Louis Esson (1879–1943), influenced by W.B. Yeats, pursued the idea of Australian folk drama on the model of the Abbey Theatre in Dublin. Esson met W. B. Yeats and J. M. Synge while travelling, and both advised him, against his inclination, to stick to Australian subjects. Esson worked to establish a nationalist drama in which themes of working-class urban and bush life would become the basis for great international artistic achievements. After a second overseas trip (1916–1921) he founded the Pioneer Players with Hilda Bull (his second wife), Vance Palmer and others. The amateur company strove to bring Australian plays to the public and Esson struggled to supply most of its repertoire in 1922–23. Its last production was Esson’s The Bride of Gospel Place in 1926. The Time Is Not Yet Ripe (1912), a political comedy, is his best known work.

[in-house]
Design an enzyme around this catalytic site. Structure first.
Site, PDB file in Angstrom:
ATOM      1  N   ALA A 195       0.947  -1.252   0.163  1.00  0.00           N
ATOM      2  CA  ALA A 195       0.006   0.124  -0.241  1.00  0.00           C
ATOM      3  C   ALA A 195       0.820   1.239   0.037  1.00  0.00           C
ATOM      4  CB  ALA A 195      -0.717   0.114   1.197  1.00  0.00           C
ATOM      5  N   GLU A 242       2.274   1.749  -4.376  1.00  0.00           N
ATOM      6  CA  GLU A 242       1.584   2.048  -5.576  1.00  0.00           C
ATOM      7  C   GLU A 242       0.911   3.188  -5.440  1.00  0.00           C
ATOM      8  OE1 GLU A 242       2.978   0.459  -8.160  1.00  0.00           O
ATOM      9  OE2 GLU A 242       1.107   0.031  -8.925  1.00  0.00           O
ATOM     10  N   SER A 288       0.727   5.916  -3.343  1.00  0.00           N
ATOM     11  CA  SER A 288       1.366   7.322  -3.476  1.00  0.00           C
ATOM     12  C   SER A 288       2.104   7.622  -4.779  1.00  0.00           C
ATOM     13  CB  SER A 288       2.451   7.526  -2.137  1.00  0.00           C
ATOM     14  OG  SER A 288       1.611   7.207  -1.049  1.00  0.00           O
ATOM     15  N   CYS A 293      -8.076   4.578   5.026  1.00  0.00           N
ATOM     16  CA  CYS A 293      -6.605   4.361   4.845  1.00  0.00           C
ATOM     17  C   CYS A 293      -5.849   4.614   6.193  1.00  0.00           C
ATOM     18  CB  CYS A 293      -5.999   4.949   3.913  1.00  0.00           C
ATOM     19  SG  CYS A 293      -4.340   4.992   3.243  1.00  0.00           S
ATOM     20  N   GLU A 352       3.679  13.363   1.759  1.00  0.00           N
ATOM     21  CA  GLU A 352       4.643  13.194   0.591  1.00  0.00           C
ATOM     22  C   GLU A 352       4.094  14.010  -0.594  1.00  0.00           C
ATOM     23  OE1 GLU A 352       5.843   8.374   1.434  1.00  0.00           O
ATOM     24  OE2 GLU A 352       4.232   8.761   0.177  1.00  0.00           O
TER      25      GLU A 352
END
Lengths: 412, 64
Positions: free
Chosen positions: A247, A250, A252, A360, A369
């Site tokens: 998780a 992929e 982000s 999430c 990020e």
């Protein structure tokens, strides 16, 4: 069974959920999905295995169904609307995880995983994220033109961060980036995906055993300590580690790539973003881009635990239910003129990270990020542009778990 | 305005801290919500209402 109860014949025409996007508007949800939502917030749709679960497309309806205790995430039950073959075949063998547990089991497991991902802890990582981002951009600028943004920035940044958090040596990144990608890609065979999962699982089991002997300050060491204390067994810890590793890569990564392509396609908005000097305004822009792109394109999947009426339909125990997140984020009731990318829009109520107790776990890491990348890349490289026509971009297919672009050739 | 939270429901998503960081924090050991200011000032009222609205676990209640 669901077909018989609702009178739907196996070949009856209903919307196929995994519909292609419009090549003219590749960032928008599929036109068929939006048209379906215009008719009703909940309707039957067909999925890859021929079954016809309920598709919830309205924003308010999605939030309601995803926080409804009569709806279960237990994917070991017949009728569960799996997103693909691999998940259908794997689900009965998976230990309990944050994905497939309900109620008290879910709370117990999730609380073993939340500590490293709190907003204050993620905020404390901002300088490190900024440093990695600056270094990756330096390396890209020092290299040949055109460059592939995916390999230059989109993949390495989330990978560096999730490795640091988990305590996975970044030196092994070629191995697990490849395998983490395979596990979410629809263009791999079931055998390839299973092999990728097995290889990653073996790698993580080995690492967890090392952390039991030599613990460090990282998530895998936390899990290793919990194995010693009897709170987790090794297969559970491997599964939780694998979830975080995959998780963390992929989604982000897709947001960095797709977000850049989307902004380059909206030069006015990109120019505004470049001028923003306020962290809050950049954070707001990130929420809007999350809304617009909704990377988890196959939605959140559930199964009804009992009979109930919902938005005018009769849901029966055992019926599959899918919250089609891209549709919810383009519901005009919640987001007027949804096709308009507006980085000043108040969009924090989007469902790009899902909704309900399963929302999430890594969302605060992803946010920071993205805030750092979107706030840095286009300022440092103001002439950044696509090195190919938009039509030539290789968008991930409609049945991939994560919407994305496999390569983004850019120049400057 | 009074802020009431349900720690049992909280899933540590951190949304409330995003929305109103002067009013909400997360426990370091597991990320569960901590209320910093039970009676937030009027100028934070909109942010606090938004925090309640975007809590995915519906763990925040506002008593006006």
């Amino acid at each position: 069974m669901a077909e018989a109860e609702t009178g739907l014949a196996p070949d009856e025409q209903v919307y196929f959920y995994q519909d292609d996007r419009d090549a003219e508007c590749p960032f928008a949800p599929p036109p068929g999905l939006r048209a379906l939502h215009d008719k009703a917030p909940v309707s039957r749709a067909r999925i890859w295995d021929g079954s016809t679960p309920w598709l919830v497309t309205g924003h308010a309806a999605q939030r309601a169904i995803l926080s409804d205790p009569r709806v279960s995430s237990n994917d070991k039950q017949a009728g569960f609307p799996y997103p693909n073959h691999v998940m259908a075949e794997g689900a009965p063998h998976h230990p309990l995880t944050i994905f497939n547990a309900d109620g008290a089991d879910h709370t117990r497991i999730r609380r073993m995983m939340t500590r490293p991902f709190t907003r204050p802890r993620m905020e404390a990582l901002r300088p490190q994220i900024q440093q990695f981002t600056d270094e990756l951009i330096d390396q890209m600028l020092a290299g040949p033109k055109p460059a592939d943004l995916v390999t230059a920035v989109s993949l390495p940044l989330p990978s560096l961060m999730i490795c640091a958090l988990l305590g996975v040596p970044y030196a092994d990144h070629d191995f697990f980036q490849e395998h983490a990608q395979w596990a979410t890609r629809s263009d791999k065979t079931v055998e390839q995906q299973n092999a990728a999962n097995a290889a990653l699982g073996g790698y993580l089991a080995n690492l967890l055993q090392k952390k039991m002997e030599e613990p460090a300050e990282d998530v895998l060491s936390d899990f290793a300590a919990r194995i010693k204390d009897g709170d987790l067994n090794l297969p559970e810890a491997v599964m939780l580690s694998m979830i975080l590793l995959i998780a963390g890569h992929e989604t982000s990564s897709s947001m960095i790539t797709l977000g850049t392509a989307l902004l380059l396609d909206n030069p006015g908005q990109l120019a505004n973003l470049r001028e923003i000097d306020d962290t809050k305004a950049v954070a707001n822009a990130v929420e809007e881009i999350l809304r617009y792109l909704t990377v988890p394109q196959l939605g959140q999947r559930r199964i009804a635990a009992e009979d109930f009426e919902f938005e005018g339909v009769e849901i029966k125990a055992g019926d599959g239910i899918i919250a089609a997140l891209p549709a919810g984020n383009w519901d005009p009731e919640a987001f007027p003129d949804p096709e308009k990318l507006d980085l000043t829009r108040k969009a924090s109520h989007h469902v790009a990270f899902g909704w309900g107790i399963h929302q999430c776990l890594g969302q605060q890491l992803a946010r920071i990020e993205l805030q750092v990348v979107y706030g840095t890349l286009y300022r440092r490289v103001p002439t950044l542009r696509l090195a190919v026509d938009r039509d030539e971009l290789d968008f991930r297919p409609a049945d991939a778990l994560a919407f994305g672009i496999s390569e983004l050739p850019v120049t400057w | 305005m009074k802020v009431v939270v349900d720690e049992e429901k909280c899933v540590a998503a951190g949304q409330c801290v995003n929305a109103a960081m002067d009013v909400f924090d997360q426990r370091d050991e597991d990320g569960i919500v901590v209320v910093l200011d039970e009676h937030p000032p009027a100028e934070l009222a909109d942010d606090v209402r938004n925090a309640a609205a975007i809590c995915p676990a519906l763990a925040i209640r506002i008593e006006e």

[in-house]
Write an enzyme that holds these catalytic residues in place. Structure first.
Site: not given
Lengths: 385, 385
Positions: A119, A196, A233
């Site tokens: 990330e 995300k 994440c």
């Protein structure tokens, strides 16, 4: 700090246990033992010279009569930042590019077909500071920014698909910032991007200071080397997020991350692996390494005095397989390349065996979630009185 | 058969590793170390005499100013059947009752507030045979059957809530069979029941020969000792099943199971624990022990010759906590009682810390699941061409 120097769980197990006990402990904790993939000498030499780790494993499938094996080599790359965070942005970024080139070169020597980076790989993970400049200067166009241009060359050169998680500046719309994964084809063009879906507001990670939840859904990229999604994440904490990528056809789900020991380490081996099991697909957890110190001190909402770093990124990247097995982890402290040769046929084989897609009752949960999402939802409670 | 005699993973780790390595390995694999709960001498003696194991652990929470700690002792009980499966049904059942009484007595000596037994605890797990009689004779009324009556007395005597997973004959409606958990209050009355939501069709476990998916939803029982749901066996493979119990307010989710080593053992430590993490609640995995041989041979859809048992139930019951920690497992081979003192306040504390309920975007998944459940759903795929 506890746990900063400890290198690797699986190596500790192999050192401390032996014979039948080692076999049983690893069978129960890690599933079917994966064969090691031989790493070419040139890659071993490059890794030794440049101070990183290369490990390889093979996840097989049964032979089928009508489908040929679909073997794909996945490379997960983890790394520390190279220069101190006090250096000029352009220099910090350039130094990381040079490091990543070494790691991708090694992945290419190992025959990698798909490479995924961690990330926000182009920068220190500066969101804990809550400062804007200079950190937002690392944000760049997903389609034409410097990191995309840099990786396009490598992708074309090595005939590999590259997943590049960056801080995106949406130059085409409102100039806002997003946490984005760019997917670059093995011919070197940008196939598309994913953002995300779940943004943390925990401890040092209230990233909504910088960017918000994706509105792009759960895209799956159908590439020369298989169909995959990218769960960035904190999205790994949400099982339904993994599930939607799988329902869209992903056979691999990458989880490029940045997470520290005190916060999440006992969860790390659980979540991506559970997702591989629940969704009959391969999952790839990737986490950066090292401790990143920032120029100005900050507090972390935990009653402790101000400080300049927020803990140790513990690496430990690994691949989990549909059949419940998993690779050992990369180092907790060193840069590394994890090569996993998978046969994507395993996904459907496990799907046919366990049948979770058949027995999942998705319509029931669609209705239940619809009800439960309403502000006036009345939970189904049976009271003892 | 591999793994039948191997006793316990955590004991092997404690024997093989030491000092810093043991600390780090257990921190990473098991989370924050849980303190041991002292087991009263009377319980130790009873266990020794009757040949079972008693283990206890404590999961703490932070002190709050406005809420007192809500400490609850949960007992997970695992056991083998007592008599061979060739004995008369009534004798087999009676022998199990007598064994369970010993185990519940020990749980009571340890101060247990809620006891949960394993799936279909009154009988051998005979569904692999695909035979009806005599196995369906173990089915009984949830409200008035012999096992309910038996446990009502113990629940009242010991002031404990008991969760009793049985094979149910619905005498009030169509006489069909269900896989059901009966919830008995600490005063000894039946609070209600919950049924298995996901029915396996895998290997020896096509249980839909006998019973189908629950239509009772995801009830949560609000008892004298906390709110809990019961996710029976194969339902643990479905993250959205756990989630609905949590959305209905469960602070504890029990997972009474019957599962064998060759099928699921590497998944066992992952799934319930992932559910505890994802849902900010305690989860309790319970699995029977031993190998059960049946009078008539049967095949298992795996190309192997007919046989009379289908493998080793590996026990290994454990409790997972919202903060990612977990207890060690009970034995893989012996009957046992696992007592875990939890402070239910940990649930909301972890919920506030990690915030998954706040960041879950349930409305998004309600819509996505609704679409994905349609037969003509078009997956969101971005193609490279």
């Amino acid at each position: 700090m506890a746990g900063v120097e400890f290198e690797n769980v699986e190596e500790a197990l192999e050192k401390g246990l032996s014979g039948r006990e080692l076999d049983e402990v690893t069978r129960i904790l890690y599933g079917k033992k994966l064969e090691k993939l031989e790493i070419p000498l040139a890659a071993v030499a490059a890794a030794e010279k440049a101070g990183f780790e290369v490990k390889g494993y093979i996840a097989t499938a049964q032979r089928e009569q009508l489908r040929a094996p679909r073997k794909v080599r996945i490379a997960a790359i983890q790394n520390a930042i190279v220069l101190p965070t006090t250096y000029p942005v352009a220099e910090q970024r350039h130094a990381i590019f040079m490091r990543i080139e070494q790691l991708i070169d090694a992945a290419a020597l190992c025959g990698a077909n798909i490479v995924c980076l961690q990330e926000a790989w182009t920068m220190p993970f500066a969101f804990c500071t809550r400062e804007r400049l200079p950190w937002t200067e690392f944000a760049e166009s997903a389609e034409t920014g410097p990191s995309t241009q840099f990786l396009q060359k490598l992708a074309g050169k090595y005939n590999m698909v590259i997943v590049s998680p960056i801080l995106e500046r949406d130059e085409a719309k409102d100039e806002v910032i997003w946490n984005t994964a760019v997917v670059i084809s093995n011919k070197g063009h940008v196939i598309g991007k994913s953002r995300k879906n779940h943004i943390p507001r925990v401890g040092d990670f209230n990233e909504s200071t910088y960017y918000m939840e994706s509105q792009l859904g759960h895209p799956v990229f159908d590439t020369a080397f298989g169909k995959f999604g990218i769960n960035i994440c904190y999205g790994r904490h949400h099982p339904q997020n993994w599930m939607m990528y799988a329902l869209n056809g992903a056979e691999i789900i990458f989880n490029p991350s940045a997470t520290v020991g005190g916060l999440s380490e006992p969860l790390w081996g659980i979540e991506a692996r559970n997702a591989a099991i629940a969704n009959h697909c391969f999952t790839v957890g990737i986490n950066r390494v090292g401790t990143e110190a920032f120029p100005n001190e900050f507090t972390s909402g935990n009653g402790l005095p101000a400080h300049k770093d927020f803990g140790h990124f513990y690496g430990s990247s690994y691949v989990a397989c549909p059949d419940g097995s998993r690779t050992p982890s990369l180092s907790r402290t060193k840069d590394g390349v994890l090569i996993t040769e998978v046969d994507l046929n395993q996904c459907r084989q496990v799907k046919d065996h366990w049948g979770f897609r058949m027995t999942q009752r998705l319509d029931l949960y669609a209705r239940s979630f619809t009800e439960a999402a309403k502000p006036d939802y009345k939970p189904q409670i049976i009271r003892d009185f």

He turned his back on its early Shavian style to write simple ‘country comedies’ and dramas of the hard life in the outback. Dead Timber (1911), a gloomy picture of life on a small selection, The Drovers (1923) and Mother and Son (1923) set the tone for much of the grim outback drama of the 1930s and 1940s. Esson leant towards comedy in The Woman Tamer (1910), The Sacred Place (1912) and The Bride of Gospel Place, colourful portraits of low life in inner Melbourne. He died in 1943.
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